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Can You Get a DUI for Driving After Drinking Too Much Coffee?

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Greater Toronto Area criminal defence lawyers who specialize in defending clients charged with DUI could probably tell you some funny and odd stories about the cases they’ve taken. However, you will not likely hear them due to attorney-client privilege. They might, though, be willing to share anecdotal versions of other DUI cases they’ve heard about and are usually able to answer most DUI-related questions.

With that in mind, then, the experienced criminal defence DUI lawyers at Mass Tsang were recently challenged by a DUI-related question. That is, “can you get a DUI for driving after drinking too much coffee?”

An interesting question that gave us pause. From our reading and understanding of DUI provisions in Canada’s Criminal Code, Ontario police could technically charge someone with a drug-related DUI based on the coffee’s caffeine impairing their ability to drive safely. However, we are not aware of any such cases ever being heard in a Canadian court and could not find such evidence with a quick Internet search.

Coffee-based DUI arrests appear to be equally rare in the U.S. but leave it to the state of California to buck the trend with the only known coffee DUI in North America. Let’s take a quick look at that case before further examining its possibility in Canada.

Did District Attorney Second-Guess DUI Charges?

In August 2015, a California man named Joseph Schwab was pulled over by an alcohol control officer for erratic and reckless driving. Based on Mr. Schwab’s “demeanour” and “performance on several field sobriety tests,” the officer placed Mr. Schwab under arrest for DUI. Subsequent alcohol screening and blood sample testing proved entirely negative for alcohol and recreational drugs, but the district attorney maintained the charges and ordered additional testing. This testing determined that caffeine was the only substance in his bloodstream at about the time of his arrest.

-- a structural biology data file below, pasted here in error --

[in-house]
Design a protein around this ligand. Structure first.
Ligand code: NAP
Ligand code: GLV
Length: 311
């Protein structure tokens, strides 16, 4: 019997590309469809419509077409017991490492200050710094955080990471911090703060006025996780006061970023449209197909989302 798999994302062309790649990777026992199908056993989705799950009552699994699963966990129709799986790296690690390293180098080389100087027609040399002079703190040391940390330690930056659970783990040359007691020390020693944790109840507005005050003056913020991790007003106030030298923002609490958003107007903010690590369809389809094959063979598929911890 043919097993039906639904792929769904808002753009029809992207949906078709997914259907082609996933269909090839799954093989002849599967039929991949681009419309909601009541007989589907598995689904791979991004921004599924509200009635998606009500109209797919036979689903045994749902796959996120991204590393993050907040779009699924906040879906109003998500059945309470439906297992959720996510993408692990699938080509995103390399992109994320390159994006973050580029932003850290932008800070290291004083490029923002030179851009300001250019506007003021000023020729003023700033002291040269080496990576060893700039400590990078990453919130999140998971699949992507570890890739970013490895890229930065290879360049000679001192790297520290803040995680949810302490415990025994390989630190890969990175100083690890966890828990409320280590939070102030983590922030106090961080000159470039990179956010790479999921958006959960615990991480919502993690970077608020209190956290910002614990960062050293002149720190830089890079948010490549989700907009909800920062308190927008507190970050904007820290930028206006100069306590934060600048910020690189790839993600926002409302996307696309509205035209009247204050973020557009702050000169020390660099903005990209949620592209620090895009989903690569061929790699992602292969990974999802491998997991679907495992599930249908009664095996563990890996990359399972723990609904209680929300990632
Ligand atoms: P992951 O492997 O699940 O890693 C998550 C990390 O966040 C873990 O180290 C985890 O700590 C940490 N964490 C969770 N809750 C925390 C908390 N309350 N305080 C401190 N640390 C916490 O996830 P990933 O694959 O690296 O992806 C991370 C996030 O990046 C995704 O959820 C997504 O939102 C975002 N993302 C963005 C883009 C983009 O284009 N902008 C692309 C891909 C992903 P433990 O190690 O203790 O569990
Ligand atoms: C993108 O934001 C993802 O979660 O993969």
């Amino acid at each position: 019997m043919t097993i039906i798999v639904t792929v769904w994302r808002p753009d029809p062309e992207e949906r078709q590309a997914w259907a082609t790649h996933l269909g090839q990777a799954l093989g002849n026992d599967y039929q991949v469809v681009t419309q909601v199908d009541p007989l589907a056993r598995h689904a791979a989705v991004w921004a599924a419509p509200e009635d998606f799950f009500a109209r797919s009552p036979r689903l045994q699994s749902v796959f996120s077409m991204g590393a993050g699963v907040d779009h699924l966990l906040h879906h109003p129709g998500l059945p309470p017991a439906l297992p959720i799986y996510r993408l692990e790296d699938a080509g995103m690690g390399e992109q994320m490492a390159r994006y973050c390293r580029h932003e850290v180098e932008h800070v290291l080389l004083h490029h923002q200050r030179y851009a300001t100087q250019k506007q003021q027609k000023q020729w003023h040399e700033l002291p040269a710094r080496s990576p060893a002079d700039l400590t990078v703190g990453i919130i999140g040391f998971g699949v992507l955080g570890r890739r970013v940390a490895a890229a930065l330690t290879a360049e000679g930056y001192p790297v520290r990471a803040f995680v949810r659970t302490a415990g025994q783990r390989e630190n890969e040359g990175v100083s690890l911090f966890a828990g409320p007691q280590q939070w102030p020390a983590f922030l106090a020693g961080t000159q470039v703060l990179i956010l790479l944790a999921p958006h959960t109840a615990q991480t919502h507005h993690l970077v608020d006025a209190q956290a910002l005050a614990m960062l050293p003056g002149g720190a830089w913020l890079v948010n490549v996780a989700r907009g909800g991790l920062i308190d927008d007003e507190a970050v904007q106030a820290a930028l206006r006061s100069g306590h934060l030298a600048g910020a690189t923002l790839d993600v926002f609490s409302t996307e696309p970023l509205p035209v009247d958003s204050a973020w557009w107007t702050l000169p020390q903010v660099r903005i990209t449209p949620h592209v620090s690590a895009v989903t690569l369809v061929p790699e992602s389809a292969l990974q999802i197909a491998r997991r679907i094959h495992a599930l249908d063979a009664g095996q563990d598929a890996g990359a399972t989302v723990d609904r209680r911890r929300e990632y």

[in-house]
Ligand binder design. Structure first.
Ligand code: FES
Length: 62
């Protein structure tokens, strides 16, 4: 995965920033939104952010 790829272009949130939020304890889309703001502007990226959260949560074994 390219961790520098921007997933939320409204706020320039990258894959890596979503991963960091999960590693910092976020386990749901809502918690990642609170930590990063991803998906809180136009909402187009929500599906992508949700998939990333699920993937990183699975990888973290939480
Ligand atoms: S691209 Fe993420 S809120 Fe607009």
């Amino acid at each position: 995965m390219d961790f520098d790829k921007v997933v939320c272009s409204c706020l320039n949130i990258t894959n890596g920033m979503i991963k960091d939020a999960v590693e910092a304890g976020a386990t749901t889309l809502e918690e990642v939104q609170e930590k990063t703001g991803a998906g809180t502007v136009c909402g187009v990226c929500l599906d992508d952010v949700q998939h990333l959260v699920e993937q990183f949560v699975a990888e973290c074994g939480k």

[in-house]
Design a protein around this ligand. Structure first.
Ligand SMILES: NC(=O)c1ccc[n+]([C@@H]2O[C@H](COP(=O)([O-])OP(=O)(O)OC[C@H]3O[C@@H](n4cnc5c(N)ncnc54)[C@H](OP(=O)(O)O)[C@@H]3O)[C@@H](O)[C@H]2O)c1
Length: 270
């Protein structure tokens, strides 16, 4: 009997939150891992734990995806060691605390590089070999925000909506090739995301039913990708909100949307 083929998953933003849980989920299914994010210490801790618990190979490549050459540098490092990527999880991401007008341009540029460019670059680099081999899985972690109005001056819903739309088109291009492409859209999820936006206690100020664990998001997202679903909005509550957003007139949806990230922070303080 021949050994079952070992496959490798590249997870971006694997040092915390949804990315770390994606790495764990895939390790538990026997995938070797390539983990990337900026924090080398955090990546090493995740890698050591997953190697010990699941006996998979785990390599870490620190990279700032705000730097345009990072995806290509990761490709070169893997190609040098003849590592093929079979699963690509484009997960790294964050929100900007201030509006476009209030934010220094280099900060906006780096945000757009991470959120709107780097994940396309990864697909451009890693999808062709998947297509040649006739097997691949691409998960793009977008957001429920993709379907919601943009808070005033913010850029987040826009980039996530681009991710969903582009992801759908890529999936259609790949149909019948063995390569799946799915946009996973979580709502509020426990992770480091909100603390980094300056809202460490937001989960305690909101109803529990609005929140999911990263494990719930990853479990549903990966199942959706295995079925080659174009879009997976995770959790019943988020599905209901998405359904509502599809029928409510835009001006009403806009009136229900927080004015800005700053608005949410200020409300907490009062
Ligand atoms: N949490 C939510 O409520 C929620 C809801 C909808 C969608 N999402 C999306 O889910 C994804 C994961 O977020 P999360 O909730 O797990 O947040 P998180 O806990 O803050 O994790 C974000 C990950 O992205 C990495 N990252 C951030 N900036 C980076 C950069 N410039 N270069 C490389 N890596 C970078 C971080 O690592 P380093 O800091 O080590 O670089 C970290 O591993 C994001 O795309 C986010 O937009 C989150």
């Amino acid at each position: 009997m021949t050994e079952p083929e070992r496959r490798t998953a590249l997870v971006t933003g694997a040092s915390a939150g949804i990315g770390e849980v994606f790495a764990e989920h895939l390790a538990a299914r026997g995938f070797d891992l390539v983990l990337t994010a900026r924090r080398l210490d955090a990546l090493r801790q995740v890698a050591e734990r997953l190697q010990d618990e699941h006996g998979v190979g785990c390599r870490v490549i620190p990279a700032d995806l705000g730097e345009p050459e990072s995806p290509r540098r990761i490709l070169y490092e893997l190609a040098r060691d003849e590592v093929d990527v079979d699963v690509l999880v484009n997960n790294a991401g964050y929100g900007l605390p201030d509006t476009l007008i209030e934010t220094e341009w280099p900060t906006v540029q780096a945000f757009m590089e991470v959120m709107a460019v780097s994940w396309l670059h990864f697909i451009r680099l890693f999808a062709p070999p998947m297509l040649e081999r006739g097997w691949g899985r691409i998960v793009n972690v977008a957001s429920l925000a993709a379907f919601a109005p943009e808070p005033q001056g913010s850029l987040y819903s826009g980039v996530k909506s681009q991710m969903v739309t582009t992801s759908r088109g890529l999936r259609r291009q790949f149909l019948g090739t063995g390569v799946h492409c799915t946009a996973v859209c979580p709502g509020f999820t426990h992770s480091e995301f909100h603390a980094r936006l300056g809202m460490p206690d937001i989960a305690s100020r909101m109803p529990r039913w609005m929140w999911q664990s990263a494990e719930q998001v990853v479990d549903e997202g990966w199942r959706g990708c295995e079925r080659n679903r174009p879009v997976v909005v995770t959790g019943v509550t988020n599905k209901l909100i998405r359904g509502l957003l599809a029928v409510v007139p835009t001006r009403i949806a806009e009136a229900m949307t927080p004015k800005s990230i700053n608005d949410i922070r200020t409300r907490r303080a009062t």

Under California DUI laws, a drug is classified as any non-alcoholic substance that might “impair, to an appreciable degree,” a driver’s capability to operate a motor vehicle safely. The district attorney continued to maintain the charges after the subsequent testing despite motions from Mr. Schwab’s lawyer to dismiss the charges. This perhaps suggests that the DA was considering whether to pursue the DUI based on caffeine. However, after national media picked up the story, the DA claimed that the charges were being mischaracterized and that his office was not planning to seek a conviction based on the caffeine. Rather, the DA said the evidence suggested that drugs definitely impaired Mr. Schwab but that their presence was somehow not picked up by the blood testing. The DA eventually dropped the DUI charges, but Mr. Schwab still faced a charge of reckless driving.

Could This Happen in Canada?

So, could such a DUI arrest due to coffee scenario happen in Canada? Based on the language in the Criminal Code, the criminal defence lawyers of Mass Tsang believe it’s possible but highly unlikely.

The kicker is that while caffeine is technically a stimulant-class drug, it is not regulated as a drug by Health Canada or other regulatory bodies. This lack of government oversight would likely make it easy for a defence lawyer to negate any efforts by the Crown to secure a DUI conviction based on caffeine impairment.